'Freeman' celebrates its 93rd anniversary
- Honey Jarque Loop (The Philippine Star) - August 2, 2012 - 12:00am

Anniversaries are a time to reminisce about the past and recognize the valuable roots that set the stage for a solid and lasting institution. One such institution is The Freeman. The publication is synonymous with the Gullas name. It is the oldest community newspaper in the Philippines, and recently celebrated its 93rd anniversary.

The moving force behind the sustainability and success of The Freeman is Jose Dodong Gullas. With his kind permission, here is his moving and inspiring story.

“My father, Don Vicente Gullas, was a lawyer by profession and educator by obsession,” he says. “His love and concern for the youth drove him to start the Visayan Institute — what is now the University of the Visayas in 1919.

 “My mother, Inday Pining Rivera Gullas, was my spiritual force, the guiding light in all the challenges I faced in life. She was a mother, doctor, and adviser all rolled into one.

“My uncle, Paulino Gullas, was a lawyer — an acknowledged abogado de campanilla — but his passion lay in journalism, which led him to establish The Freeman in 1919. He was also involved in politics. He was a member of the Philippine Assembly and was one of seven who drafted the 1935 Philippine Constitution. Eventually his role in politics drove him to give up The Freeman in 1934, the year I was born.

“The paper went into hibernation until 1965, when at the age of 32 and guided by the Holy Spirit, I decided to revive The Freeman with the blessings of Tiya Hilda Kilayco Gullas.

“I strongly felt that Cebu needed a fair and fearless newspaper that would be truly independent, a newspaper that would persistently search for truth and print it. I tapped the knowledge and expertise of veteran journalist Juanito Jabat, as well as my man Friday, Balt Quinain. The three of us worked diligently together and came out with the first revival issue of The Freeman, which was in magazine form.

“The late Senator Gerardo Roxas, a close family friend, advised me that in order for the paper to be a part of the people’s day-to-day routine, it should be a daily paper and not weekly. It was another challenge, especially since the expenses would come straight from my own pocket, the advertising revenues at the time not being consistent enough to turn a profit.

“With the Señor Santo Niño, Mama Mary and the Holy Spirit by my side, I was able to manage The Freeman singlehandedly for 39 years.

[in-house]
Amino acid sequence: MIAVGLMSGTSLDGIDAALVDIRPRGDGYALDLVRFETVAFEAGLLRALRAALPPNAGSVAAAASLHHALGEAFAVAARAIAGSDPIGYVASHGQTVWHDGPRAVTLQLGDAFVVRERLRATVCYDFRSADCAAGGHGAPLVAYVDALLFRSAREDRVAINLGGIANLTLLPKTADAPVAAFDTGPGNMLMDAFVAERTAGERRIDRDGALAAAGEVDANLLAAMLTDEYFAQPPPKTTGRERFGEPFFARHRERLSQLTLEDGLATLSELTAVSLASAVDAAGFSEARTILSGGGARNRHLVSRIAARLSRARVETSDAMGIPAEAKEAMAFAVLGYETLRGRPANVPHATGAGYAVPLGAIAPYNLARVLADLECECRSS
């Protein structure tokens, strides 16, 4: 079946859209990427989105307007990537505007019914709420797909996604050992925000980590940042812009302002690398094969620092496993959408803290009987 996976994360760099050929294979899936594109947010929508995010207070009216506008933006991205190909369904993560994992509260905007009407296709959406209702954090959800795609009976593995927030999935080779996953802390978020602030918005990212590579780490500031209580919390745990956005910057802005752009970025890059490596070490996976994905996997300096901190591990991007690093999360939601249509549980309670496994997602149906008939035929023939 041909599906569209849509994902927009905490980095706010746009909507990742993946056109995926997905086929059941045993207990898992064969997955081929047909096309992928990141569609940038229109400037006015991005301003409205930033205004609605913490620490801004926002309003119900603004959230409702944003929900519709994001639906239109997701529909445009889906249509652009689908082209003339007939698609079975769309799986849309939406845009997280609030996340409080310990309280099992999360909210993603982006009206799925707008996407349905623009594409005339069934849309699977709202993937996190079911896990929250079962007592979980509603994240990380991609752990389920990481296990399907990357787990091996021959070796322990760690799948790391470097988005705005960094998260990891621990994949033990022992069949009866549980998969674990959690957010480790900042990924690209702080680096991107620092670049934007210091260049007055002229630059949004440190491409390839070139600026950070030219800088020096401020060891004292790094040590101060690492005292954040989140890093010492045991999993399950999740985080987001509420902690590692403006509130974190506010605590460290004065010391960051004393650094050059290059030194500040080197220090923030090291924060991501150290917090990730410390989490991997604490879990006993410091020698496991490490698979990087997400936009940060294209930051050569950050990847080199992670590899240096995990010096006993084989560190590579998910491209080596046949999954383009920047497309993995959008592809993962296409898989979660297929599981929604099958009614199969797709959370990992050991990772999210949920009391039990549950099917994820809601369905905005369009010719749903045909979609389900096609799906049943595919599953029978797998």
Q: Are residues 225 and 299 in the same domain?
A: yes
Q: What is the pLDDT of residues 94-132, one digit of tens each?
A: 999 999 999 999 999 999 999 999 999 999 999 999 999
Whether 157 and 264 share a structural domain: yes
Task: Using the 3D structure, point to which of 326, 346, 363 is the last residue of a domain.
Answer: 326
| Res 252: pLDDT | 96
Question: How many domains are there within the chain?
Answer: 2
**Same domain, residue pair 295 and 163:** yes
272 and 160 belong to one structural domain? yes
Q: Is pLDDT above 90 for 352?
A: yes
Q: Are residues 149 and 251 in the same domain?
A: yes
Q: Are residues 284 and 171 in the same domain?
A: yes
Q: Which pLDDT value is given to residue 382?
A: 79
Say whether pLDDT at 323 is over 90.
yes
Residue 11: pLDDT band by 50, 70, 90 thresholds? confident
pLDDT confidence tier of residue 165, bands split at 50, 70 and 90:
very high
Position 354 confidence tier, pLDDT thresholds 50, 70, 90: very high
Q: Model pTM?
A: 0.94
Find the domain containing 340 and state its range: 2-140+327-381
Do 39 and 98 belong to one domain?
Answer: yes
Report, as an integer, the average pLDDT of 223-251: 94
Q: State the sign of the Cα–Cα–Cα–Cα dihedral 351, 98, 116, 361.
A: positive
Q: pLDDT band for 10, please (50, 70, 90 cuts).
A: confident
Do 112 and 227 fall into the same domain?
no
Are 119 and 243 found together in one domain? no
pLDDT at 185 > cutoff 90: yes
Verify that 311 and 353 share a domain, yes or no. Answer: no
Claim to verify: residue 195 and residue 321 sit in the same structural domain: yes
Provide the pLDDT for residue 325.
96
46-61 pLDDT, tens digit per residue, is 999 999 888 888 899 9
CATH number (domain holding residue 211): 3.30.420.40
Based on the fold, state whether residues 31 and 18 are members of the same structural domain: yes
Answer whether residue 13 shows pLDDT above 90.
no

“But the years with managing the paper were not a walk in the park. The most painful episode happened in the midst of those years when the people I trusted and helped in countless ways — the editorial staff in particular — left en masse to start another paper.

“Nonetheless, through the years, slowly The Freeman won many prestigious local and national awards and that was more than enough payback for me. This, plus the ability to say without fear of contradiction that The Freeman served as the training ground for many of the present crop of newspapermen and women who have grown prominent in their field.

“Looking beyond my years and what the future holds for the paper, I simply cannot entrust it to just anyone. And so in 2004, The Freeman merged with the Star Group of Companies headed by Miguel Belmonte, president and CEO of The Philippine STAR, which shares many of the principles that guided my own stewardship of the paper.

“Over the years, The Freeman has made such a significant difference. It is a beacon of light and an instrument of hope for our society. And we will continue to be that beacon of light with your help, our dear readers and advertisers, as we move ever closer toward our first century as Cebu’s oldest existing newspaper — now just a short seven years away.”

Juanito Jabat, publisher, has been with The Freeman for 47 years. He was the editor in chief from 1982 to 1995. “We prided ourselves on being the only newspaper in Cebu and in the whole country to come out with an extra edition on the assassination of Ninoy Aquino,” he shared. “It was former President Cory Aquino who confirmed this when she visited Cebu prior to her becoming the president.”

Jerry Tundag is the editor in chief of The Freeman. He has been with the company for 30 years. He was asked to beef up the paper and assist Jabat. He brings to The Freeman his personal experience as Reuters’ Cebu stringer for 17 years. His other achievements include attending the ASEAN editors’ confab in Bali and being the only Philippine representative to Print Journalism USA, an international visitor program of the United States Information Agency.

Boy Mendoza is the manager of The Freeman. He has been with the company for eight years.

The Freeman, being the oldest regional paper, has established its credibility and its readership through the years,” he says. “And I believe that The Freeman surely knows Cebu better.”

Highlighting the milestone was the presentation of service awards ranging from 10 to 39 years of loyalty.

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